Norway has a high standard of consumer protection. The incorporation of EU legislation has on the whole enhanced consumer protection, particularly as it gives Norwegian consumers greater protection when making purchases in other European countries. The EU legislation is also of importance for Norwegian consumer policy, and a number of measures that have been implemented in Norway are due to or influenced by EU legislation.
The European Consumer Centres Network has been set up to make it easier for individual consumers to submit complaints in connection with purchases from or in other EEA countries. The contact point in Norway is ForbrukerEuropa. A network of enforcement authorities has also been established, which includes Norway’s Consumer Ombudsman. This makes it possible for Norwegian authorities to raise matters with their colleagues in other EEA countries, for example if a UK enterprise sent misleading advertisements to Norwegian consumers.
Participation in EU programmes
Norway has contributed to the EU’s financial framework for consumer policy (the Consumer Programme) since 2000. This programme finances the European Consumer Centres Network and various other measures that promote better consumer protection. The main objective of the current programme (2007–2013) is to ensure a high level of consumer protection by focusing on knowledge and better consultation with and representation of consumer interests. Norway has been actively involved in this work, which has included Norwegian centres of expertise such as the Consumer Ombudsman, the Norwegian Consumer Council and the National Institute for Consumer Research.
It is important to see the European Consumer Agenda in the light of the Commission’s proposal for a new agenda for the period 2014–2020 with an annual budget of EUR 25 million. The proposal will be considered by the European Council and the European Parliament during the course of 2012.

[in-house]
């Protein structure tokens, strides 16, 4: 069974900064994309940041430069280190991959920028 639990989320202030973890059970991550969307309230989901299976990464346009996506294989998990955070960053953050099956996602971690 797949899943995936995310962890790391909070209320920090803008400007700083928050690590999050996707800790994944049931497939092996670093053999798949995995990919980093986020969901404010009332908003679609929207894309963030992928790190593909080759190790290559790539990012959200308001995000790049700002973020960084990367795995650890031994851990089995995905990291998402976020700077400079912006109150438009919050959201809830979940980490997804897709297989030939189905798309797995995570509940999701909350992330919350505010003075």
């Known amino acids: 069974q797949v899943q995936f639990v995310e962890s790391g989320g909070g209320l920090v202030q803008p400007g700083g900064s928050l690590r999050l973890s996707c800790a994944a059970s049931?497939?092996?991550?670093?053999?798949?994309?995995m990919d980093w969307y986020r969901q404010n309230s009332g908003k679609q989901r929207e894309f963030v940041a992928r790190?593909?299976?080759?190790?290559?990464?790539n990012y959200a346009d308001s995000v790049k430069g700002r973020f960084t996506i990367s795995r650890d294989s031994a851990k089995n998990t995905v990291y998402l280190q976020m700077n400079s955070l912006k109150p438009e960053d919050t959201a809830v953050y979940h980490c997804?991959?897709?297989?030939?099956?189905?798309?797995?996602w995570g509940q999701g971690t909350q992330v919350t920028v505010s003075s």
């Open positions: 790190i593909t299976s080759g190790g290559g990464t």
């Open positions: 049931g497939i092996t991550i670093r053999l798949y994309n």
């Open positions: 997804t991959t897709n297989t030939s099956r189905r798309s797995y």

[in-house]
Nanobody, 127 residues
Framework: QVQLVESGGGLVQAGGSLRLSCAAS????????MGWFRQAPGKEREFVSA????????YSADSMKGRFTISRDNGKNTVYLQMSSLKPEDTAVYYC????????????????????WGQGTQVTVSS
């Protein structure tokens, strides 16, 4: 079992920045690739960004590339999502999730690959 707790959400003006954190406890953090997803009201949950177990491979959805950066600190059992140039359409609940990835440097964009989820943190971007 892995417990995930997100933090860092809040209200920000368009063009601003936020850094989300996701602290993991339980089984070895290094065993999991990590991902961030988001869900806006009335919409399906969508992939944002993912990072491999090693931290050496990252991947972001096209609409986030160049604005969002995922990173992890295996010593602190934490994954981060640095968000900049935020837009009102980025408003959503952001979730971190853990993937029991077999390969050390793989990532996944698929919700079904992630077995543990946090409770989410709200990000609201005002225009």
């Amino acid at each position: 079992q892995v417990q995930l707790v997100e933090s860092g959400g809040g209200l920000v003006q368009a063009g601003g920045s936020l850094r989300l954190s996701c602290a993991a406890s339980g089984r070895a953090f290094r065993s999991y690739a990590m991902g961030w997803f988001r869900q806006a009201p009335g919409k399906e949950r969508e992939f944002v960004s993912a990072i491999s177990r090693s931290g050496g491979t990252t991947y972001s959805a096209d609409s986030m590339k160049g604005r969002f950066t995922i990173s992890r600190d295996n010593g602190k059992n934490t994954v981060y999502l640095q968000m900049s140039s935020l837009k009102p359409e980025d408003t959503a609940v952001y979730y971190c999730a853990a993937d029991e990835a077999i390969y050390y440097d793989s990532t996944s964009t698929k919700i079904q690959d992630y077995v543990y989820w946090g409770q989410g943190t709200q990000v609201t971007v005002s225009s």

- EFTA’s working group on consumer protection meets on a regular basis in Brussels and is chaired by Norway’s Ministry of Children, Equality and Social Inclusion. Representatives from the Commission, the European Parliament Committee on the Internal Market and Consumer Protection, and the Presidency of the Council of the European Union are also invited.
- The Ministry of Children, Equality and Social Inclusion also chairs the EEA/EFTA Consumer Consultative Committee, where several other ministries area also represented.
- In addition, Norway takes part in a number of networks and activities under the European Commission:
- The Consumer Policy Network, a high-level group that works on policy formation and information activities.
- The Consumer Financial Programme Committee, which considers and votes on the annual work programmes in the area of consumer policy. The Ministry of Children, Equality and Social Inclusion is represented on this committee.
- The Consumer Protection Cooperation Network, which brings together the public authorities that are responsible for the enforcement of EU consumer protection laws. Norway’s Consumer Ombudsman is part of this network.
- The Consumer Market Expert Group, which works with consumer research and surveys. The Norwegian Institute for Consumer Research is affiliated with this group.
Norway has several national experts working with consumer issues in the European Commission and in the EU’s statistical office, Eurostat, who work with consumer issues. Contact information for all the Norwegian national experts can be found on the EFTA Secretariat website.